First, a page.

What follows is a post from one of our current students, Jodie Boast, about how structured reading can help the creativity flow, giving us ideas, inspiration and clues as to narrative design. The post can be seen in all its full glory here: https://somethingtoboastabout.com/2016/10/14/a-small-good-thing-review/
Throughout my writing journey, I have found that Raymond Carver is one of my favourite authors. His writing and short stories are usually uplifting and quite entertaining. They have meaning and are very easy to read.
This particular reading: A Small Good Thing– was a brilliant, yet sad, read. I had recently had some bad news regarding some distant friends and this story really was emotionally touching for me. I thought it was brilliantly thought out and the contrast between the family at the beginning to the way the sit and eat together- but not as you imagined at first… I was really happy I came across this short story for my ‘Writing Fiction Workshop’ module. It really establishes a brilliant narrative- which gave me inspiration to creative a narrative structure for my own story.
The short story is a very simple structure- the plot is very basic: mother buys cake, boy gets hit by car, a phone call is made followed by them all dining together. I liked how the story really took a different turn on the effect of someone’s child being gone. I liked how the author, Carver, really portrayed other characters to be part of the crime. As the ‘driver put the car into gear and drove away’, (pg 309) we don’t actually know who the driver was. Carver presents other characters as the driver or hints that they could be. Was it the baker? The person who actually initiates the notion that bad things happen in life, and sometimes people have their own things going on. The baker didn’t know what had happened, as he continues to ‘haunt’ and pester the family about the ‘Scotty’ cake that they didn’t pick up for their dead child’s birthday. This suggest that before we know he didn’t know himself, that he could have been the driver- however we learn that he isn’t when he comforts the parents at the end.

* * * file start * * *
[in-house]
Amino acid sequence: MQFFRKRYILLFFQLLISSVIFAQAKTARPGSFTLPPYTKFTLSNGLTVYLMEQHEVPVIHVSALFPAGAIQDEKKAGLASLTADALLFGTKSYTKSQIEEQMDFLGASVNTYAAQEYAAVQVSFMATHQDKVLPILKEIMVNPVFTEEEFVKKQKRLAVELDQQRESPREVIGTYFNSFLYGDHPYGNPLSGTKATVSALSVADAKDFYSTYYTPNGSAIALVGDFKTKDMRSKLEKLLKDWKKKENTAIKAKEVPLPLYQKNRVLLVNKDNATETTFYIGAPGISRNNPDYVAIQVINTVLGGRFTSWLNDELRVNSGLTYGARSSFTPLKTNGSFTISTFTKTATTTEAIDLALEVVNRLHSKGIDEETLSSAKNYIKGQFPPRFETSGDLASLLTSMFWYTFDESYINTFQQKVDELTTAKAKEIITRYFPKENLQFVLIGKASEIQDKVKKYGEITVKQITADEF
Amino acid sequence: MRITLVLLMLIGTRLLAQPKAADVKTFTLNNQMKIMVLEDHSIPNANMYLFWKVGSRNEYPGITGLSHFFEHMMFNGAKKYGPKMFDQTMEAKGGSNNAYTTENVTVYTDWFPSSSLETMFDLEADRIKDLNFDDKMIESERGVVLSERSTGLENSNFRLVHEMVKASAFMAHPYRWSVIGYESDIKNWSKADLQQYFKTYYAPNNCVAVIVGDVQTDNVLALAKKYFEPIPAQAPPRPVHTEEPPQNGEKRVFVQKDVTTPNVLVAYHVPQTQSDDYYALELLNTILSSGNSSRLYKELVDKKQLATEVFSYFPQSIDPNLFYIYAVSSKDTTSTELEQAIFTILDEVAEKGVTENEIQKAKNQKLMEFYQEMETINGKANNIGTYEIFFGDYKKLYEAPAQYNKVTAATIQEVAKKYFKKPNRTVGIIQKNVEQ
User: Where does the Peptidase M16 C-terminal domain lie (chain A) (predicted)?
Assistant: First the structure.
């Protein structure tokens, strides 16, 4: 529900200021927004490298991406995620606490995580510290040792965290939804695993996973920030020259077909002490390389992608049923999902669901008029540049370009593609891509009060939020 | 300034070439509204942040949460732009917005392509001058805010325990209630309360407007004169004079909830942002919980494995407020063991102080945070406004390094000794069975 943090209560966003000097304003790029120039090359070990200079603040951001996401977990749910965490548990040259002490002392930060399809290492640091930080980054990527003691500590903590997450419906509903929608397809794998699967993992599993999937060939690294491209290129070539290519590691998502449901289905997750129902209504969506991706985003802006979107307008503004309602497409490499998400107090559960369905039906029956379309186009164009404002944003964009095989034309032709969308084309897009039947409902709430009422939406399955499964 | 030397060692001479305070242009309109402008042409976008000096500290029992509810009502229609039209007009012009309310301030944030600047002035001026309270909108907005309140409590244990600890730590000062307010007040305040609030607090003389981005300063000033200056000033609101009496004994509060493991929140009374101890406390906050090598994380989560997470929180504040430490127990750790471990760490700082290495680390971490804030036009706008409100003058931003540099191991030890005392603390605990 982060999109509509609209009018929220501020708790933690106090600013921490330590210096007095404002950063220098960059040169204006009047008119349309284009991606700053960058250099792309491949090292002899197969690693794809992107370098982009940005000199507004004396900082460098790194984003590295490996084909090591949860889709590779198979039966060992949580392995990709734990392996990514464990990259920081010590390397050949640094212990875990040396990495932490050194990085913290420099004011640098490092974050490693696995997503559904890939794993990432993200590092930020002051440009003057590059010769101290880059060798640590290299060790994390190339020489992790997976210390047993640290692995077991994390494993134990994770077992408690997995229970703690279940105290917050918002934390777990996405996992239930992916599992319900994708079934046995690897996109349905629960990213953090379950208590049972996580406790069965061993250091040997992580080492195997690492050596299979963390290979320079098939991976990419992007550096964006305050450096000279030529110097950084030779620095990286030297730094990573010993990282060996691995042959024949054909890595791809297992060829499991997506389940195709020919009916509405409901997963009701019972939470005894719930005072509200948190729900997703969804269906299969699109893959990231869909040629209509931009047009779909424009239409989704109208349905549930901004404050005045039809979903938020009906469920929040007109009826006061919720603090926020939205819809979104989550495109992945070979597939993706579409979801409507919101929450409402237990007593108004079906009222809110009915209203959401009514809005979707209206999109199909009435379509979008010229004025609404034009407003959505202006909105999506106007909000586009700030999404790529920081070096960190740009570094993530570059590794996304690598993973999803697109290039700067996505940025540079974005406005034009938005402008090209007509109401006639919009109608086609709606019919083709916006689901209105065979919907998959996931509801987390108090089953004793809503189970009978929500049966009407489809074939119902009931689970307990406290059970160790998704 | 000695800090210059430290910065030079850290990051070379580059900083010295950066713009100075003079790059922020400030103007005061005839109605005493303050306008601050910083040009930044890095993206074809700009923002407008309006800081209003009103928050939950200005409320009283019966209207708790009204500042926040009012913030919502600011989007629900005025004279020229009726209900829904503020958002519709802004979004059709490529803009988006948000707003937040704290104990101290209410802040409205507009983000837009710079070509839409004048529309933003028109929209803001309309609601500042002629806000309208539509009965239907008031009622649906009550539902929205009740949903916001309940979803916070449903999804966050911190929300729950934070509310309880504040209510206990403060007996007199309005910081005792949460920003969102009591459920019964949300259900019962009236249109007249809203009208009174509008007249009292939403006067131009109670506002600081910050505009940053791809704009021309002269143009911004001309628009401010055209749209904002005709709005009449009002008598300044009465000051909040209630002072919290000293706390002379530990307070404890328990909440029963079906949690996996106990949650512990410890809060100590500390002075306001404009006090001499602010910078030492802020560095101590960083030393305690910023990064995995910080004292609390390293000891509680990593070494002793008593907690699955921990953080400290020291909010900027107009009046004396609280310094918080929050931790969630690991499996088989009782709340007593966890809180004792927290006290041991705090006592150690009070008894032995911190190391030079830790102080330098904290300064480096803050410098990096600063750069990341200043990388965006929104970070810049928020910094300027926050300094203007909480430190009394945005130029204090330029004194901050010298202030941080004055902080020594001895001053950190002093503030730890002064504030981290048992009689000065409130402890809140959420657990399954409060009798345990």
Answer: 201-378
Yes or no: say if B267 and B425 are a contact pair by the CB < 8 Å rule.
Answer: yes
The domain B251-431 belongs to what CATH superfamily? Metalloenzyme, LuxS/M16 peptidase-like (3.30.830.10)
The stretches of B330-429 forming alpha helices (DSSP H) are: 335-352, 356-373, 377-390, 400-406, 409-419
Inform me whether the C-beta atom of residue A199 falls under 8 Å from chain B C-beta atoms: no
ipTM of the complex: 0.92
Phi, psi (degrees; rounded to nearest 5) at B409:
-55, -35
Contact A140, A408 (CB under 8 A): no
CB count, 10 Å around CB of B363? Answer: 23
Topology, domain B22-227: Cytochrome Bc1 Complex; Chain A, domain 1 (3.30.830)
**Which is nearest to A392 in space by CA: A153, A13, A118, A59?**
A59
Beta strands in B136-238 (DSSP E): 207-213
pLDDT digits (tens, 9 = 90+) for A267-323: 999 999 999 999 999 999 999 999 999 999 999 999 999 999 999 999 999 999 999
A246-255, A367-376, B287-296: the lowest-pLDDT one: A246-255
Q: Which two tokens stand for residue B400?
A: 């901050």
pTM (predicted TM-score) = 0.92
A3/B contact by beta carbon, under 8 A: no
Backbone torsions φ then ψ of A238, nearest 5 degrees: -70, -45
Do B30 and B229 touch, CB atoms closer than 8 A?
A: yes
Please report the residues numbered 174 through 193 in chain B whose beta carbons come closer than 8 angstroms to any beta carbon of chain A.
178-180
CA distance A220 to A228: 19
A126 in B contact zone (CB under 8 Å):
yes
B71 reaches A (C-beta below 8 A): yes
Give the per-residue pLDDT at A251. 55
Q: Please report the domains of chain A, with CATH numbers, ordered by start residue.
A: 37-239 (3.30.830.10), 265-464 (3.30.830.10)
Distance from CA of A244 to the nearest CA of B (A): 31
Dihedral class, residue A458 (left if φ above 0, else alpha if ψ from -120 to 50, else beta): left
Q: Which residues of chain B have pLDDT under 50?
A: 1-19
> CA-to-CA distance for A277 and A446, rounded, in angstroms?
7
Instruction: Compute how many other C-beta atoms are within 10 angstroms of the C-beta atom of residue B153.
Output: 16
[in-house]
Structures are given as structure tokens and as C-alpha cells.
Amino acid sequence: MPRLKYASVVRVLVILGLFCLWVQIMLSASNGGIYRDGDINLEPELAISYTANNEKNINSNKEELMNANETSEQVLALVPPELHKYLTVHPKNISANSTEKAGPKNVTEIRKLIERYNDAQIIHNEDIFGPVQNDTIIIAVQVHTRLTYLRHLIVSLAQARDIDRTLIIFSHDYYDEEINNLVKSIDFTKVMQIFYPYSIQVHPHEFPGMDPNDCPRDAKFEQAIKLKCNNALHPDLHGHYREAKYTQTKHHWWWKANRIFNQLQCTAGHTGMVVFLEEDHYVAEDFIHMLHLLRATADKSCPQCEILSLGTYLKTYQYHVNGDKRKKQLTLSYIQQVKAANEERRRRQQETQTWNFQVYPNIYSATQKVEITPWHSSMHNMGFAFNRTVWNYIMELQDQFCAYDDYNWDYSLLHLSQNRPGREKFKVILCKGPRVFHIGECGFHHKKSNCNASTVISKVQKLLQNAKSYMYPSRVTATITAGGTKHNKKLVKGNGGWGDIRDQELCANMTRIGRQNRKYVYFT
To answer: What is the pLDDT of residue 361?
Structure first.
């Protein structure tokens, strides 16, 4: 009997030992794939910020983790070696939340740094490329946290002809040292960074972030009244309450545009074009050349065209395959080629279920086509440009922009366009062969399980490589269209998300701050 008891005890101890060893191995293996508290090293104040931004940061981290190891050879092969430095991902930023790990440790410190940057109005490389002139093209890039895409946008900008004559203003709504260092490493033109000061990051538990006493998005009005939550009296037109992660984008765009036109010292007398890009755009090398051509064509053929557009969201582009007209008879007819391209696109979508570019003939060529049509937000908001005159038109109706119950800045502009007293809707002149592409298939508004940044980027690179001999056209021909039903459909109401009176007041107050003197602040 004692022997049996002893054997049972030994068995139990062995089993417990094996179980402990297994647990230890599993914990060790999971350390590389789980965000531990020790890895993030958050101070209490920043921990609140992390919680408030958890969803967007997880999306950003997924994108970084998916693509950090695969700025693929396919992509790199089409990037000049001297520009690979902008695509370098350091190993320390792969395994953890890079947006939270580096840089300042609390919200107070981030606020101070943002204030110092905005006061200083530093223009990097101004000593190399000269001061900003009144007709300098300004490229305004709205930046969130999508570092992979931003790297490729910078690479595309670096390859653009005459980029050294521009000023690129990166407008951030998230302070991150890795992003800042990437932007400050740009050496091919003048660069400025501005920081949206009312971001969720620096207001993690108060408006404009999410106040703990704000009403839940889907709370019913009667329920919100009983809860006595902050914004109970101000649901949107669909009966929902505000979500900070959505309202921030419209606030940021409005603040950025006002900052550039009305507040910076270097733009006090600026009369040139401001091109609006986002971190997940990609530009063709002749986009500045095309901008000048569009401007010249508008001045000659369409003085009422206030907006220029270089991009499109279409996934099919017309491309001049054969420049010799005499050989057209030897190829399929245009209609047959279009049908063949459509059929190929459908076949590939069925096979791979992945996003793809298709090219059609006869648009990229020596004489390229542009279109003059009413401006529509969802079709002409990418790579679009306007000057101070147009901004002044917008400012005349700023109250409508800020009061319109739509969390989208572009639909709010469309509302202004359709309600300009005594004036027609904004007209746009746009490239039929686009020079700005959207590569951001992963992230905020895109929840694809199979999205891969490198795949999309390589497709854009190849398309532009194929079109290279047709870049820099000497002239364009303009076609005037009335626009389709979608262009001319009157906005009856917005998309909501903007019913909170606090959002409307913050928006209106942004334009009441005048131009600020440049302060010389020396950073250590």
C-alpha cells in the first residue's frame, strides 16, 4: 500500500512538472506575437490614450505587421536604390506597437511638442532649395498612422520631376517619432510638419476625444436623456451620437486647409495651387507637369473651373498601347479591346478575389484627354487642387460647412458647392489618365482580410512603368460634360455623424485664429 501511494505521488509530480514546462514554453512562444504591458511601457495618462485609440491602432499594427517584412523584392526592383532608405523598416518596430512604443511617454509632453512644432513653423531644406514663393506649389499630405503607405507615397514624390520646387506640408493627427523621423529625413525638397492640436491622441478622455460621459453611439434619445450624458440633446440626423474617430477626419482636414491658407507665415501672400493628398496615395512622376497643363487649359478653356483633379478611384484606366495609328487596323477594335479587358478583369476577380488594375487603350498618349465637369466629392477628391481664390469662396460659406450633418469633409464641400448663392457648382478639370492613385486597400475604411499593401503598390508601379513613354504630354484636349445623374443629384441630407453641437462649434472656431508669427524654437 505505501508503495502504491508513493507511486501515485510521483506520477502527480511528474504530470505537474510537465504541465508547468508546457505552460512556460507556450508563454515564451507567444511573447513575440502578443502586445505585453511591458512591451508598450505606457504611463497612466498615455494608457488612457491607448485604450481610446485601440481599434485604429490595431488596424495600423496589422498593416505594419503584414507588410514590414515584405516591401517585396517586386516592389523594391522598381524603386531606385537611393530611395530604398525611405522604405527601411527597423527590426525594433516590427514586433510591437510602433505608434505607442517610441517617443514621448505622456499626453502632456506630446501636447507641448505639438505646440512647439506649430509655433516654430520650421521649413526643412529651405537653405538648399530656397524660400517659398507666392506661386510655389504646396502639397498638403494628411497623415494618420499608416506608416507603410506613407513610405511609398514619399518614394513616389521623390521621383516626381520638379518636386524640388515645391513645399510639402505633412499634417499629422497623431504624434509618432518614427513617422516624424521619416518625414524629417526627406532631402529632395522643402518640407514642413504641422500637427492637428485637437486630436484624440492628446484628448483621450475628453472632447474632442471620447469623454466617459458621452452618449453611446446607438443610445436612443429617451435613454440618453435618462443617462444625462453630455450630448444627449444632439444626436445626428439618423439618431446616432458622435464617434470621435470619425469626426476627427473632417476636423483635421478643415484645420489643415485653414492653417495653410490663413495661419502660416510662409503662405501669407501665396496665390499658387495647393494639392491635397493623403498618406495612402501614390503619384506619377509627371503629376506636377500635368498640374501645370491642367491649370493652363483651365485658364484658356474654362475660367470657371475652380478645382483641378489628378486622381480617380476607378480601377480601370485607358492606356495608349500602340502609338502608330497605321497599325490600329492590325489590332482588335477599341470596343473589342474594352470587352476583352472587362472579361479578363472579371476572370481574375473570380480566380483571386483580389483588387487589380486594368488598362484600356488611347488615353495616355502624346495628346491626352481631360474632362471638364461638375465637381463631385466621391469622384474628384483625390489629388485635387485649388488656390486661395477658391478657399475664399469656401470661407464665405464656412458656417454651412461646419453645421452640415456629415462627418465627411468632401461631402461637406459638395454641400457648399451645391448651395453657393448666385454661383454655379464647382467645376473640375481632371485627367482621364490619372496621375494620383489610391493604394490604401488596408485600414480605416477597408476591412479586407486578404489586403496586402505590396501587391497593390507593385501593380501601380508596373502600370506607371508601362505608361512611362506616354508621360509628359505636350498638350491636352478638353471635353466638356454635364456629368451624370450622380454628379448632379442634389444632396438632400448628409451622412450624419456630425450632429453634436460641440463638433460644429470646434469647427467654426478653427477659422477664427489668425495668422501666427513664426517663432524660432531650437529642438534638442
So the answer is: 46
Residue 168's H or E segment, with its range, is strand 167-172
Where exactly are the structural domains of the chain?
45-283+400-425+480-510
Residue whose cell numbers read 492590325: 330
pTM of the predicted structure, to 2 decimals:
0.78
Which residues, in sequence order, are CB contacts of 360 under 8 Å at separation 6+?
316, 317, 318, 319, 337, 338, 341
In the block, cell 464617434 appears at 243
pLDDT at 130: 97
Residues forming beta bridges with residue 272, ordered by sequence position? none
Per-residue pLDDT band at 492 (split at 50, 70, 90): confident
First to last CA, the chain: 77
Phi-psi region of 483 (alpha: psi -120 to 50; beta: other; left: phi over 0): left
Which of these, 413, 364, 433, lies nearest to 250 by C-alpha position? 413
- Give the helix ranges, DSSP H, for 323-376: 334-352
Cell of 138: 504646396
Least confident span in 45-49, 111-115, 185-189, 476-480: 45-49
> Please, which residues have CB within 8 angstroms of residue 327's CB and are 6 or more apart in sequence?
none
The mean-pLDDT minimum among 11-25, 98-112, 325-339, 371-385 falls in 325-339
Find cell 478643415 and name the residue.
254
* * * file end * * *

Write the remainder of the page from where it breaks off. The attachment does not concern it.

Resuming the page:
After close reading, I soon came up with the idea that maybe the doctor was the killer. As the child has clearly entered a coma, the doctor refuses to call him that. He tells the parents that it cannot be a coma and that he will wake up. He is very persistent in telling them this and not telling them much about what is going on with their son. He conducts numerous tests on their son, but he still keeps them in the dark. This suggests that he was the one who ran the child over, and assumed he would be okay, which would surprise him when he is in hospital, unable to wake up.
I feel that Carver really gained an emotional response with this piece reflecting on the feelings of both the mother and father. The writer even focuses on the baker and how he reacts to the people not picking up the phone to how he reacts when he finds out about their child. I really think Carver used emotive language to draw you in, so you cannot put it down.
Overall, this is a brilliant short story with a very emotional feel. I was sad and intrigued when reading it, but it was good to get closure for the mother. Would definitely recommend this short, quick, interesting short story… or anything by Raymond Carver!